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Big Soda Lake (Nevada). 4. Vertical fluxes of particulate matter: Seasonality and variations across the chemocline

By James E. Cloern, Brian E. Cole and Sally M. Wienke


Vertical fluxes of particulate organic matter were measured with sediment traps above and below the chcmocline of Big Soda Lake to dcfinc the seasonality of sinking losses from the mixolimnion and dctcrmine the effectiveness of the chcmocline (pycnocline) as a barrier to the sinking of biogenic particles. Seasonality of sedimentation rates reflected seasonal changes in the community of au-totrophs. During summer-autumn, when production is dominated by autotrophic bacteria, vertical fluxes were small: z 100 mg C m- * d-l and ~0.5 mg Chl a m- * d-r. Following the winter diatom bloom, vertical fluxes increased markedly: ~570 mg C m- * d-l and 23 mg Chl a m- * d-r. The bulk of the seston (> 80%) and particulate carbon ( = 65%) sinking to the chemocline passed through it, showing that this very sharp density discontinuity dots not effectively retard the sinking of particulate matter. However sinking losses of particulate carbon were generally small ( = 10%) relative to previous measures of primary productivity, indicating that the mixolimnion is a zone of efficient carbon cycling. Exceptions occurred following the winter bloom when sinking losses were a larger fraction ( = 40%) of productivity. Because density discontinuities inhibi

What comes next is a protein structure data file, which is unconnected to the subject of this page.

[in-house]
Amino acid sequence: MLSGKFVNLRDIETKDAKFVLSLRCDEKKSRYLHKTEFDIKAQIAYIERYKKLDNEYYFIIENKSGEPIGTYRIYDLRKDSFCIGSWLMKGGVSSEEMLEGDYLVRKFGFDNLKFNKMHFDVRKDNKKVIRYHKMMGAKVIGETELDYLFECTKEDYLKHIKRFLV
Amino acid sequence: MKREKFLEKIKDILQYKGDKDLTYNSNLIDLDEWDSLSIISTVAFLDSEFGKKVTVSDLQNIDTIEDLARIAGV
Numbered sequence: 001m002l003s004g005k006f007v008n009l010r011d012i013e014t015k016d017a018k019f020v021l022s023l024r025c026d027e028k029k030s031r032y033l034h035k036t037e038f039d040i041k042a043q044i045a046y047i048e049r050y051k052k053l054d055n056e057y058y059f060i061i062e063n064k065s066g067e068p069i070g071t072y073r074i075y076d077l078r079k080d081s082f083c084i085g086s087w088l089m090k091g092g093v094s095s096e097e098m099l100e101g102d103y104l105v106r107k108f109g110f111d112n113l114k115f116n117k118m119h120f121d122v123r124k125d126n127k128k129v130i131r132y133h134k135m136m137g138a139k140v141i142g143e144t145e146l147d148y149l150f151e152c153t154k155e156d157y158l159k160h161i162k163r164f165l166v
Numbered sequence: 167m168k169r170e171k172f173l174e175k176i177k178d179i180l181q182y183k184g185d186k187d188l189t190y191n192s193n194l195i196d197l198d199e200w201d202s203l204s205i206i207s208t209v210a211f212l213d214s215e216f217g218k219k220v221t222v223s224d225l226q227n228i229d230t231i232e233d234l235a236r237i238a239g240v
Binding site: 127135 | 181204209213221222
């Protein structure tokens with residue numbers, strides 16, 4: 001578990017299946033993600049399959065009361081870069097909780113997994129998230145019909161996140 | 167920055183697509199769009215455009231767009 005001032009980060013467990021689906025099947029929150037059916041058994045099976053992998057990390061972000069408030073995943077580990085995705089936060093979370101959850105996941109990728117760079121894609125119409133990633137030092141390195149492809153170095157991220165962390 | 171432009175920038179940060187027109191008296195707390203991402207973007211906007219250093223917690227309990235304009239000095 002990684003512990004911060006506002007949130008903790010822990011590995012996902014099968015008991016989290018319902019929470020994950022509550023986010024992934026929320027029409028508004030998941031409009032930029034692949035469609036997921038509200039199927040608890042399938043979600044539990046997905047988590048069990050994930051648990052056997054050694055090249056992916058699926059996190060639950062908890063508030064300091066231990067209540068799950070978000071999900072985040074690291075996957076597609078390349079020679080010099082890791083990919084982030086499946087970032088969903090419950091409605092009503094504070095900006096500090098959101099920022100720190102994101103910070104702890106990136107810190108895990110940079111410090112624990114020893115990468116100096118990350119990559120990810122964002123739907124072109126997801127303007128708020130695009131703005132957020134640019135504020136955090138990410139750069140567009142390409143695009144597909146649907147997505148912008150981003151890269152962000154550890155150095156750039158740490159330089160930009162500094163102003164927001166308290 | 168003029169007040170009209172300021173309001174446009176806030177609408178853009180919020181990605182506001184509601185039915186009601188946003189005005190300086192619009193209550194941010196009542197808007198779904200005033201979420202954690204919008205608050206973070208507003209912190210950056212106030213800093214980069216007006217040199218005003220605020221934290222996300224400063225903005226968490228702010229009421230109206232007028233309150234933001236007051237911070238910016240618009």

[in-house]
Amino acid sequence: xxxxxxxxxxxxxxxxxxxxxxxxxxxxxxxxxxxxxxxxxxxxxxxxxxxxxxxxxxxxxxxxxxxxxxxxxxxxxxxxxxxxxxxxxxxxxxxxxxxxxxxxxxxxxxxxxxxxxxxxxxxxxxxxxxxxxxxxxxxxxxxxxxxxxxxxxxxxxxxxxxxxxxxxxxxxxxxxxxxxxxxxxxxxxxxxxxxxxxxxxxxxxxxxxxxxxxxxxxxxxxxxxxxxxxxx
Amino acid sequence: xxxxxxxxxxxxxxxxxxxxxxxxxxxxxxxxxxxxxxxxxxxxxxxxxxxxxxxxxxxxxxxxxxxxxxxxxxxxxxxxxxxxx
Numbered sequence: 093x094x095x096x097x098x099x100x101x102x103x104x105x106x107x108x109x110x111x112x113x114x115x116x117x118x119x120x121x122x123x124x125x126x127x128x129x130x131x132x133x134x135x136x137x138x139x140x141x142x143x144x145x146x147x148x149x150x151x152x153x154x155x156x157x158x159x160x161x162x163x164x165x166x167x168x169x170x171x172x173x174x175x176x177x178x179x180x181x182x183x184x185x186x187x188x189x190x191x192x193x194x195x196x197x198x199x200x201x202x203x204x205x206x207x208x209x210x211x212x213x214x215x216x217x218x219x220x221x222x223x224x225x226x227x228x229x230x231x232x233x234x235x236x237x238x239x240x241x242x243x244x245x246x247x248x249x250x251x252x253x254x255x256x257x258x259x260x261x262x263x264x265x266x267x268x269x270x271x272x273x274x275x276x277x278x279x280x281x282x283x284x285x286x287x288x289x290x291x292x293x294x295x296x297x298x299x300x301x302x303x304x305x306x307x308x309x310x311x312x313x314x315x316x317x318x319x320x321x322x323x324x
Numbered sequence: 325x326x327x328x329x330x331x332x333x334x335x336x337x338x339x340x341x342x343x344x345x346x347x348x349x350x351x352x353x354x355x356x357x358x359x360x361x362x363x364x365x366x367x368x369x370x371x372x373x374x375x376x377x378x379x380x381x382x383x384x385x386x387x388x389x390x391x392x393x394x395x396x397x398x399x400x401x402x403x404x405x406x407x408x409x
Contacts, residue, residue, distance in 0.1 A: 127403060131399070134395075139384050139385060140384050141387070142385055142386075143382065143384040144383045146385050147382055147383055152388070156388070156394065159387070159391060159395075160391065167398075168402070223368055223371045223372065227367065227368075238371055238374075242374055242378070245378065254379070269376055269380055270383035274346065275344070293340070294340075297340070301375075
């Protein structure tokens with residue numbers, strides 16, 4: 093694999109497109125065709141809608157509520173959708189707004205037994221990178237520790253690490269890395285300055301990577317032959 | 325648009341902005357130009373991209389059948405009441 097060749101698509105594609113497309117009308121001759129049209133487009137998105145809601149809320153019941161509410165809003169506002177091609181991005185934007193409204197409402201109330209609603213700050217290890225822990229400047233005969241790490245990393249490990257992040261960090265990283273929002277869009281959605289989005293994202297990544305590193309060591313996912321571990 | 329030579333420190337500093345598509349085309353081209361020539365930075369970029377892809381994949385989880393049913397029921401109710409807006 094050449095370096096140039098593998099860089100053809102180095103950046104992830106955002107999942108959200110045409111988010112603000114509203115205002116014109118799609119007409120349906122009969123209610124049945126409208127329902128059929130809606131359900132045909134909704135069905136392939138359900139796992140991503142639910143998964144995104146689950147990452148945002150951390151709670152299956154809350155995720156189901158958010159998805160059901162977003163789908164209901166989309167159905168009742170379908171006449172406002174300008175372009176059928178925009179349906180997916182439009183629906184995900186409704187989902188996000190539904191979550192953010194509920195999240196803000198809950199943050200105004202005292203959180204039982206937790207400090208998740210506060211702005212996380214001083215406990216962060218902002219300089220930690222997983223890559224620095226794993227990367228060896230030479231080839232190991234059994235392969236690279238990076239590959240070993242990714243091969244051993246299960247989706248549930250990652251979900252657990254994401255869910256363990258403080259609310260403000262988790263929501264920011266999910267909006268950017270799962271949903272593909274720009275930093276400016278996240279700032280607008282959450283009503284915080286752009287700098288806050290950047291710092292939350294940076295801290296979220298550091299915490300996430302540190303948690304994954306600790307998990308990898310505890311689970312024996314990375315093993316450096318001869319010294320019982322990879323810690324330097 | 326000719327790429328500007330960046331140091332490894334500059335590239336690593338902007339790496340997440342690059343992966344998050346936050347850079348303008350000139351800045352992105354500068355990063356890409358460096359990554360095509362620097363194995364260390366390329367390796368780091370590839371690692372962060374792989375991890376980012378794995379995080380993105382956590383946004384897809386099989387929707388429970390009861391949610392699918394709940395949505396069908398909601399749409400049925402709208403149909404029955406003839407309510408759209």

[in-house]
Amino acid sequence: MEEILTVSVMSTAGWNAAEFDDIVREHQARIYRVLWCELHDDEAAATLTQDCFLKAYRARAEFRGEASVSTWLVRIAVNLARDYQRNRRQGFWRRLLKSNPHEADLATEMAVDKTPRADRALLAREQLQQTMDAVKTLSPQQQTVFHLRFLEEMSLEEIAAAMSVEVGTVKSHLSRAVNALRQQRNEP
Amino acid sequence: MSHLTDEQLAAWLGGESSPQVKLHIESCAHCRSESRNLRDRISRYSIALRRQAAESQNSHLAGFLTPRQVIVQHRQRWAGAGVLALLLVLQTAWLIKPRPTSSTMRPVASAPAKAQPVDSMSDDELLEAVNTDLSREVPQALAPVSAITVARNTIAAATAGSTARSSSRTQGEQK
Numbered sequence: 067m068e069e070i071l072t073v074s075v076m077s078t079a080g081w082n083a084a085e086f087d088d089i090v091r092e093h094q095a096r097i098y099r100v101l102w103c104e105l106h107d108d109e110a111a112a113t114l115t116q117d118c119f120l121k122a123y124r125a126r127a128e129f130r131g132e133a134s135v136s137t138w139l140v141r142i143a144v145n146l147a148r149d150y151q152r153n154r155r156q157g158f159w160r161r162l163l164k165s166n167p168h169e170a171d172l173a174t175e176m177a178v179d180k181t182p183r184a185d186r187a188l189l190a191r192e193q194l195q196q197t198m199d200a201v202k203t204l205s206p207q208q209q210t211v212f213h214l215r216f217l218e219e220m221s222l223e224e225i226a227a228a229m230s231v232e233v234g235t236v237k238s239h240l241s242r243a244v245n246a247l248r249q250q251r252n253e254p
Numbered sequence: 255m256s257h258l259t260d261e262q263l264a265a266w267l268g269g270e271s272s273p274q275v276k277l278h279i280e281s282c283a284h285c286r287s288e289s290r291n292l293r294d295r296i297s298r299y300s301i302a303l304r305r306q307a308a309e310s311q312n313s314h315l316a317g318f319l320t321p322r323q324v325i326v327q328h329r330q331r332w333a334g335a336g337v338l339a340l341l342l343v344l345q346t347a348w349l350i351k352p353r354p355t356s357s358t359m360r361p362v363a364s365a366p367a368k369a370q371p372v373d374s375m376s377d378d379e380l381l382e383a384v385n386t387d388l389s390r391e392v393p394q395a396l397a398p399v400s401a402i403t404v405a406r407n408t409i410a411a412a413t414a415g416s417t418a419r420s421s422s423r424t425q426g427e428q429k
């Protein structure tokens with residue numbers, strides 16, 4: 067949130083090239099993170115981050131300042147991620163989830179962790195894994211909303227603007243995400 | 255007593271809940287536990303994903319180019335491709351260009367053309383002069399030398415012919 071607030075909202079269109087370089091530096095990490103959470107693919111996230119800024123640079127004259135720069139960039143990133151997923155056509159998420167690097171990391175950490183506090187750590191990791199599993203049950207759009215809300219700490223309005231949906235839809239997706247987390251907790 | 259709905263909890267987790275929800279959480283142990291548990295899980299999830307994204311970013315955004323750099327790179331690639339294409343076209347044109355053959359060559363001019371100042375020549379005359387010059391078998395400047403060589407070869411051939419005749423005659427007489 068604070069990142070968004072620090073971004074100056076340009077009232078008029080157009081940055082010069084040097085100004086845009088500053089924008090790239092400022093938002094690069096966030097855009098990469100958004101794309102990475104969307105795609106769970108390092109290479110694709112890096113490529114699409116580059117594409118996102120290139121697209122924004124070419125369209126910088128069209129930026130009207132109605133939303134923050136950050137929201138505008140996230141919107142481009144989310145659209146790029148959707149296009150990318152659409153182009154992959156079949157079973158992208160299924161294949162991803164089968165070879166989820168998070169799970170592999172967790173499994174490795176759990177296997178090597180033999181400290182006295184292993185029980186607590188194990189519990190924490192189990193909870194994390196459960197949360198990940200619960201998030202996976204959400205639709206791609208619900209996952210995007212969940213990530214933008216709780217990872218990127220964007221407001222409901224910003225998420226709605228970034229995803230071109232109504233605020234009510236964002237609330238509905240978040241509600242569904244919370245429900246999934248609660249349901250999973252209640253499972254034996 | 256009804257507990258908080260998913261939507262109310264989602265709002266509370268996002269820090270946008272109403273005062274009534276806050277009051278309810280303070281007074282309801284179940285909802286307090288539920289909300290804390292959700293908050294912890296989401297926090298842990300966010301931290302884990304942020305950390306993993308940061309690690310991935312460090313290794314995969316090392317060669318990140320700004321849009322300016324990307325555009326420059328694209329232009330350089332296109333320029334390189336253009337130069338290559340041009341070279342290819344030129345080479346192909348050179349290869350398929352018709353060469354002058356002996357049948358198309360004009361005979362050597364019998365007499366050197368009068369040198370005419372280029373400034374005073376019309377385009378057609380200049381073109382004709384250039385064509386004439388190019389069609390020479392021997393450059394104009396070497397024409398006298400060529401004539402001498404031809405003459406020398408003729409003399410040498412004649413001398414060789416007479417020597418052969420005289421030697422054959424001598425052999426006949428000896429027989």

Year: 2015
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